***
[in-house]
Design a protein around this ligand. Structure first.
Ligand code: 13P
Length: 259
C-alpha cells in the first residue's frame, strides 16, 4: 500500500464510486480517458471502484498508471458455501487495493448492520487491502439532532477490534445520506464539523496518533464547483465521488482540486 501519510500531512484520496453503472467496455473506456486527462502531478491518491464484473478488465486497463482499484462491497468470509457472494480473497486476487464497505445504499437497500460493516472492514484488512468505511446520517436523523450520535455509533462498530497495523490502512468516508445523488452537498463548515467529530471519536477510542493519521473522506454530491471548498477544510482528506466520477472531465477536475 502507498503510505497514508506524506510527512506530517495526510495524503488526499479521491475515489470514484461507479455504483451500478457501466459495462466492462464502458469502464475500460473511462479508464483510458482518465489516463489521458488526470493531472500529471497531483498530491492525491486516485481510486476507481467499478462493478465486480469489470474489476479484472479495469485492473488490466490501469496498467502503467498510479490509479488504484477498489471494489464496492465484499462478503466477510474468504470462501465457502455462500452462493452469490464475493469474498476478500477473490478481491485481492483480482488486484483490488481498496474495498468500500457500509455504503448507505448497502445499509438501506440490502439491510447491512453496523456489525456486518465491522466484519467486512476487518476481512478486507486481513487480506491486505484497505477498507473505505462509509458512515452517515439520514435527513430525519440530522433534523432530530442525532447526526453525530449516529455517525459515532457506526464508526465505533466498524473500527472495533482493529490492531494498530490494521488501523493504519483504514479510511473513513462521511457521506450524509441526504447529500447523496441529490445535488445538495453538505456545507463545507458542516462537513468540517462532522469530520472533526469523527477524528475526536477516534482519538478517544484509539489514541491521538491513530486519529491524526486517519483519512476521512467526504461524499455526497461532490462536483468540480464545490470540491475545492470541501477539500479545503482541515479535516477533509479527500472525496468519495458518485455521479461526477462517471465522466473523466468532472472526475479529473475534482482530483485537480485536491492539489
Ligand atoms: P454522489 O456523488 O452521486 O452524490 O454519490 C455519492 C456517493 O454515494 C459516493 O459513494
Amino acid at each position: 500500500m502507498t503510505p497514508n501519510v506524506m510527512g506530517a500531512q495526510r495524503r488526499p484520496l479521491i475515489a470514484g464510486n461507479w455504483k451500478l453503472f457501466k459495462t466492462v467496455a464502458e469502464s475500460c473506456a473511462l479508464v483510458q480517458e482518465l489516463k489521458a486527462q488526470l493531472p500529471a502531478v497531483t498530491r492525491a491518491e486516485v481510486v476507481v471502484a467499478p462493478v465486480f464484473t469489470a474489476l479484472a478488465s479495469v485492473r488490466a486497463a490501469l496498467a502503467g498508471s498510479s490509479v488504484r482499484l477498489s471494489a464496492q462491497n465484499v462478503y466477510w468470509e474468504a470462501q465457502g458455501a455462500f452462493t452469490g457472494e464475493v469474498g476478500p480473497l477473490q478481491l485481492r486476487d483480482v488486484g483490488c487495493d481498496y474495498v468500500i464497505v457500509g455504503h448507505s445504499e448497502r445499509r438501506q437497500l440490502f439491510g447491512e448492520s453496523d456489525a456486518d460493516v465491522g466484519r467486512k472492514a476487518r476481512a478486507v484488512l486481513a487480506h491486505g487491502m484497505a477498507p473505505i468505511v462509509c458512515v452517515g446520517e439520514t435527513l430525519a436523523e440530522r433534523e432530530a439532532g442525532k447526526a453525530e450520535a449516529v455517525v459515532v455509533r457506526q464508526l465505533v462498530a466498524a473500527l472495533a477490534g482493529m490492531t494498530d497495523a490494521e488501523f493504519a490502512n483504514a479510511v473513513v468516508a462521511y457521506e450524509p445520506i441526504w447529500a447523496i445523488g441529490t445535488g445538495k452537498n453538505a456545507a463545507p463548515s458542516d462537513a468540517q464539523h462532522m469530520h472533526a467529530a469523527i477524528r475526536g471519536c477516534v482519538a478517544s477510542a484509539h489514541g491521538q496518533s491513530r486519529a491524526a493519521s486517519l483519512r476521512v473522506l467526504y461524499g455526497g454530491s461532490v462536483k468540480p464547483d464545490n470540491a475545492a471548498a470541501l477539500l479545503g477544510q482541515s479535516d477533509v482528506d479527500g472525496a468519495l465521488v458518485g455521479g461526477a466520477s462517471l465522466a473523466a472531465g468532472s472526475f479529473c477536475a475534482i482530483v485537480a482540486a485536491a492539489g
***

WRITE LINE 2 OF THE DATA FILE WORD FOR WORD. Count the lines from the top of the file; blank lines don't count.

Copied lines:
Design a protein around this ligand. Structure first.